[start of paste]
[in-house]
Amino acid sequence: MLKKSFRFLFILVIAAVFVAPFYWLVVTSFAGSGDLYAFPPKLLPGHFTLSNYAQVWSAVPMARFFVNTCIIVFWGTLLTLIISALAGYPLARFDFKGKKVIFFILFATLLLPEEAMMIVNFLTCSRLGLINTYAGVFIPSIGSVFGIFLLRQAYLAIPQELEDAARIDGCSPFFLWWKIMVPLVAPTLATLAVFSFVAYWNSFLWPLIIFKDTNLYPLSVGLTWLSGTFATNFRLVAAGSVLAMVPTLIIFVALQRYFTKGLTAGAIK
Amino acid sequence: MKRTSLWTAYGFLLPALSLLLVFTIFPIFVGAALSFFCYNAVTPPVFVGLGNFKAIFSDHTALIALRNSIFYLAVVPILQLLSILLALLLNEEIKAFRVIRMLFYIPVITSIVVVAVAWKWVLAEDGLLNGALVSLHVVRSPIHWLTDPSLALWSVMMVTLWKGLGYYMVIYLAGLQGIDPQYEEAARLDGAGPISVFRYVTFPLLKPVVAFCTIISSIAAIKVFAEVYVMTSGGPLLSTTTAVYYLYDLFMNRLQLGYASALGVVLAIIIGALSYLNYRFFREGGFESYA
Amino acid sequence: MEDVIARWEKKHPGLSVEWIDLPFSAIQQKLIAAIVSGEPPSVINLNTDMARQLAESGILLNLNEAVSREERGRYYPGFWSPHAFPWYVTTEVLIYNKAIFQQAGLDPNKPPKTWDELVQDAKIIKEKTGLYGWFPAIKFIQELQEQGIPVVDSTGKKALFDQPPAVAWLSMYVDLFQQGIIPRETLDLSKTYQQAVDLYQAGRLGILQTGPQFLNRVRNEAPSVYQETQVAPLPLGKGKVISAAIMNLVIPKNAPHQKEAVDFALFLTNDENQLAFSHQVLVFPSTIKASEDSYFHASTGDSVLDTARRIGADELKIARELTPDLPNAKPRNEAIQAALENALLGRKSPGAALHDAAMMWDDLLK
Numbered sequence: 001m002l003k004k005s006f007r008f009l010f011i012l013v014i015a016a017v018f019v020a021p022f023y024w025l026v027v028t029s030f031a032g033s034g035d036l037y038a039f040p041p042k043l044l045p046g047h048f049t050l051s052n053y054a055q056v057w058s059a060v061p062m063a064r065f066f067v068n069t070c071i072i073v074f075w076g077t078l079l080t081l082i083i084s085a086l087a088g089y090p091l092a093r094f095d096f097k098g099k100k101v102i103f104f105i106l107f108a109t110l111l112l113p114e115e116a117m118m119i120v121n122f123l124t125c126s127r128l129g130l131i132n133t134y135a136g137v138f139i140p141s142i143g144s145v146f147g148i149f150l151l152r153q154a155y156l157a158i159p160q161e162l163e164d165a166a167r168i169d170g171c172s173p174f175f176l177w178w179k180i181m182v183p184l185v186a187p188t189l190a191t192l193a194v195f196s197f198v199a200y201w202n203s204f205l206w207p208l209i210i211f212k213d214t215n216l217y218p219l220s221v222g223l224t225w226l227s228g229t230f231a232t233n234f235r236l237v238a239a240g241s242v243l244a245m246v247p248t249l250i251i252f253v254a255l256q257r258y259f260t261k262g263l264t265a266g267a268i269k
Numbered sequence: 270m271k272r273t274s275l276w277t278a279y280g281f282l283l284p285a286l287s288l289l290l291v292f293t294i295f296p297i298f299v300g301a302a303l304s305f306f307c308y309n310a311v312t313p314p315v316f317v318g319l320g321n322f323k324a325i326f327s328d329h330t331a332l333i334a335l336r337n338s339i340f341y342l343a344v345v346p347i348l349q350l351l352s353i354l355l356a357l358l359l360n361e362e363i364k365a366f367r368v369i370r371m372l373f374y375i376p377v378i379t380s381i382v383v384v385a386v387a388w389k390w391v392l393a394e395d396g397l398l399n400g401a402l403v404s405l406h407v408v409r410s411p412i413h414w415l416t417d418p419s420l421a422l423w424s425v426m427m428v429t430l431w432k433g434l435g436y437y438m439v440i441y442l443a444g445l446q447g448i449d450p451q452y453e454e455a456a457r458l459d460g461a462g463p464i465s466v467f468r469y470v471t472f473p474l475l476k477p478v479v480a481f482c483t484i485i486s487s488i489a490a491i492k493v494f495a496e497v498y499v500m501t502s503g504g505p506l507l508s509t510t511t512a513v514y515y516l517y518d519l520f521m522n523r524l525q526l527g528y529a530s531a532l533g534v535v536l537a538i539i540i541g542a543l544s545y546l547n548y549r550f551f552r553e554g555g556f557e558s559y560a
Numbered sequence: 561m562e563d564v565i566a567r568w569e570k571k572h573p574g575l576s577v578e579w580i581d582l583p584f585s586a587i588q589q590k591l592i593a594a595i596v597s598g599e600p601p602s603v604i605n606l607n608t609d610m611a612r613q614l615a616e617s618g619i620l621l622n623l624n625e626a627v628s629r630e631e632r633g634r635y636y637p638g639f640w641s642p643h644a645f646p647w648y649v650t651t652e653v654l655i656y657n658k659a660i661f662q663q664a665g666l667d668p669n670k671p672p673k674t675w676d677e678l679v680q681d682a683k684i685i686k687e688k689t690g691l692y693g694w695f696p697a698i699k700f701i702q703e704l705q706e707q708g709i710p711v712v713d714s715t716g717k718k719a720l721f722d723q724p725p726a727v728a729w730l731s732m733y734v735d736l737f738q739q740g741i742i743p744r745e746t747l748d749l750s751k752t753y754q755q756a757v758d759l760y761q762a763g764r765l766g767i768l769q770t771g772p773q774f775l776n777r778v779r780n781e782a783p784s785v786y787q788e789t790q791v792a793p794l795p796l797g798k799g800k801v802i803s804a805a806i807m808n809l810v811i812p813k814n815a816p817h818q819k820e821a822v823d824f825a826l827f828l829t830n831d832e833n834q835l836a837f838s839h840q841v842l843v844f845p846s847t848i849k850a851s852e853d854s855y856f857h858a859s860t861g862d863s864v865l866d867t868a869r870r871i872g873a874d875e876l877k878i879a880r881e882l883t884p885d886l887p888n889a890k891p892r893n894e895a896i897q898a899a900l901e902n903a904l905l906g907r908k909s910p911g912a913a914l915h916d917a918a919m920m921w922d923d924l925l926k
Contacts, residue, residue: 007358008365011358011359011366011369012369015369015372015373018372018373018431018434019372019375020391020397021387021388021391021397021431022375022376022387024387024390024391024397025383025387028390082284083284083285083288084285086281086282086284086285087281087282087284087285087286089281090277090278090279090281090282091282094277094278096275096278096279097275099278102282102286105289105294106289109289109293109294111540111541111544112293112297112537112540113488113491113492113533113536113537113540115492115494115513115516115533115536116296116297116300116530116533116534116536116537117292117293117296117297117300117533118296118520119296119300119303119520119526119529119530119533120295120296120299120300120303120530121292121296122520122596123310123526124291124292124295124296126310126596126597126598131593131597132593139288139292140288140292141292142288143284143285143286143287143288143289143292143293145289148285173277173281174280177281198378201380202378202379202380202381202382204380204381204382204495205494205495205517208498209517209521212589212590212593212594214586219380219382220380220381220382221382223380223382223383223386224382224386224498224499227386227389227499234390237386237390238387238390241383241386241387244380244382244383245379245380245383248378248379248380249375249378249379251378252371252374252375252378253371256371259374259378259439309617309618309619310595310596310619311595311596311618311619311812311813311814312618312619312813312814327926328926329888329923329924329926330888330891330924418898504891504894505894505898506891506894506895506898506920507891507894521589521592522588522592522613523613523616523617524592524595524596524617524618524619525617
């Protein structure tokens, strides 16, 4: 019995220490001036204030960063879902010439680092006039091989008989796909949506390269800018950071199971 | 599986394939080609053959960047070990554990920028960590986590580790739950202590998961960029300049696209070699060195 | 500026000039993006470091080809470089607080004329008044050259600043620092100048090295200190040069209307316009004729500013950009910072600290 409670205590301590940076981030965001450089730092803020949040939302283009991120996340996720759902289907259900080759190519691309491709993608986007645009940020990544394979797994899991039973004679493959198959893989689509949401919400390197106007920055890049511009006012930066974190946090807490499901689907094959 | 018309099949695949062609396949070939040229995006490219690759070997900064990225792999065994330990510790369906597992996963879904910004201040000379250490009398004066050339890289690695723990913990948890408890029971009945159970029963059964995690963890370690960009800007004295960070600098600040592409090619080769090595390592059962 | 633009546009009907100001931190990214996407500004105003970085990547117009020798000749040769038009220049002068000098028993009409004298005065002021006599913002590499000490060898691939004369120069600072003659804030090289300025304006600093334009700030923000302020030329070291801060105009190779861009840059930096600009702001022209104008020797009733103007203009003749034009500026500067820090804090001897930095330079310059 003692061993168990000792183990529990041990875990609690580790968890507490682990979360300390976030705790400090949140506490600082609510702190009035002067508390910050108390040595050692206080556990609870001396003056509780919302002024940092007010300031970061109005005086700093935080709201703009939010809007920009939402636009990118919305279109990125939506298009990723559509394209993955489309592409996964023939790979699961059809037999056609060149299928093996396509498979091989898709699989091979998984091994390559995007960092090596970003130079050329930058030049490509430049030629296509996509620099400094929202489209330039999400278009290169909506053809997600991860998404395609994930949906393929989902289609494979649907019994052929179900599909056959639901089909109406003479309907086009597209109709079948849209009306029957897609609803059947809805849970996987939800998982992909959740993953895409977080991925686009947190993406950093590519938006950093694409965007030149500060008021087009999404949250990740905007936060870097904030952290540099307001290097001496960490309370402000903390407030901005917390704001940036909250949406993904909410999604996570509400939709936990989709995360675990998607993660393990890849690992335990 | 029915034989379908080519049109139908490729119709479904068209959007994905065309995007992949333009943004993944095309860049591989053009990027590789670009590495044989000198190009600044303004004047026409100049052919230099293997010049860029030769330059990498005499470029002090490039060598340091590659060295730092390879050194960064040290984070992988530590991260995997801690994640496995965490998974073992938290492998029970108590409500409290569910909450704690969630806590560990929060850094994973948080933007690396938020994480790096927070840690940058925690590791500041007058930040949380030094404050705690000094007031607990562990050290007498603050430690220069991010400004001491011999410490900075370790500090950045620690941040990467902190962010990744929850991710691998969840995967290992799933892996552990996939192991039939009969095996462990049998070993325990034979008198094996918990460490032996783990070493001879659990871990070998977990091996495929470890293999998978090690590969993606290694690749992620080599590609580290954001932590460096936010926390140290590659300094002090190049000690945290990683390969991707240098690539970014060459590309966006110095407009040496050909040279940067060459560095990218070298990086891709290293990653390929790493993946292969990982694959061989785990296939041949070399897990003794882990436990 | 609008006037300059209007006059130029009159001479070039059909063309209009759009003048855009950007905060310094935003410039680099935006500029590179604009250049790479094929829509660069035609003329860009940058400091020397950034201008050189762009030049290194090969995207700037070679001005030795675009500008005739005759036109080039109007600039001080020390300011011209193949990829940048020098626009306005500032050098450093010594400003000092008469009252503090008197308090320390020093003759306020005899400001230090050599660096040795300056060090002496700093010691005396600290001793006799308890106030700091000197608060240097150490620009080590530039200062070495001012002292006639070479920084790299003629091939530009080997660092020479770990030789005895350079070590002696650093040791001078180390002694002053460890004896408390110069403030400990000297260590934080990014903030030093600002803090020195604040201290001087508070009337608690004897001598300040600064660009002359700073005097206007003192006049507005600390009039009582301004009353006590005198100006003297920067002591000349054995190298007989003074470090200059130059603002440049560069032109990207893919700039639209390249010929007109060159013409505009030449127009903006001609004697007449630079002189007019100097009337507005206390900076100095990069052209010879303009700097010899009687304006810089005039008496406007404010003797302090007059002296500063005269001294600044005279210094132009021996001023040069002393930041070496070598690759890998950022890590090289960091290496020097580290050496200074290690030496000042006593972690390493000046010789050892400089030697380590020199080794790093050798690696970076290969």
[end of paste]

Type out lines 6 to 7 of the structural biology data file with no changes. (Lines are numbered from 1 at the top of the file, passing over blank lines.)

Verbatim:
Numbered sequence: 270m271k272r273t274s275l276w277t278a279y280g281f282l283l284p285a286l287s288l289l290l291v292f293t294i295f296p297i298f299v300g301a302a303l304s305f306f307c308y309n310a311v312t313p314p315v316f317v318g319l320g321n322f323k324a325i326f327s328d329h330t331a332l333i334a335l336r337n338s339i340f341y342l343a344v345v346p347i348l349q350l351l352s353i354l355l356a357l358l359l360n361e362e363i364k365a366f367r368v369i370r371m372l373f374y375i376p377v378i379t380s381i382v383v384v385a386v387a388w389k390w391v392l393a394e395d396g397l398l399n400g401a402l403v404s405l406h407v408v409r410s411p412i413h414w415l416t417d418p419s420l421a422l423w424s425v426m427m428v429t430l431w432k433g434l435g436y437y438m439v440i441y442l443a444g445l446q447g448i449d450p451q452y453e454e455a456a457r458l459d460g461a462g463p464i465s466v467f468r469y470v471t472f473p474l475l476k477p478v479v480a481f482c483t484i485i486s487s488i489a490a491i492k493v494f495a496e497v498y499v500m501t502s503g504g505p506l507l508s509t510t511t512a513v514y515y516l517y518d519l520f521m522n523r524l525q526l527g528y529a530s531a532l533g534v535v536l537a538i539i540i541g542a543l544s545y546l547n548y549r550f551f552r553e554g555g556f557e558s559y560a
Numbered sequence: 561m562e563d564v565i566a567r568w569e570k571k572h573p574g575l576s577v578e579w580i581d582l583p584f585s586a587i588q589q590k591l592i593a594a595i596v597s598g599e600p601p602s603v604i605n606l607n608t609d610m611a612r613q614l615a616e617s618g619i620l621l622n623l624n625e626a627v628s629r630e631e632r633g634r635y636y637p638g639f640w641s642p643h644a645f646p647w648y649v650t651t652e653v654l655i656y657n658k659a660i661f662q663q664a665g666l667d668p669n670k671p672p673k674t675w676d677e678l679v680q681d682a683k684i685i686k687e688k689t690g691l692y693g694w695f696p697a698i699k700f701i702q703e704l705q706e707q708g709i710p711v712v713d714s715t716g717k718k719a720l721f722d723q724p725p726a727v728a729w730l731s732m733y734v735d736l737f738q739q740g741i742i743p744r745e746t747l748d749l750s751k752t753y754q755q756a757v758d759l760y761q762a763g764r765l766g767i768l769q770t771g772p773q774f775l776n777r778v779r780n781e782a783p784s785v786y787q788e789t790q791v792a793p794l795p796l797g798k799g800k801v802i803s804a805a806i807m808n809l810v811i812p813k814n815a816p817h818q819k820e821a822v823d824f825a826l827f828l829t830n831d832e833n834q835l836a837f838s839h840q841v842l843v844f845p846s847t848i849k850a851s852e853d854s855y856f857h858a859s860t861g862d863s864v865l866d867t868a869r870r871i872g873a874d875e876l877k878i879a880r881e882l883t884p885d886l887p888n889a890k891p892r893n894e895a896i897q898a899a900l901e902n903a904l905l906g907r908k909s910p911g912a913a914l915h916d917a918a919m920m921w922d923d924l925l926k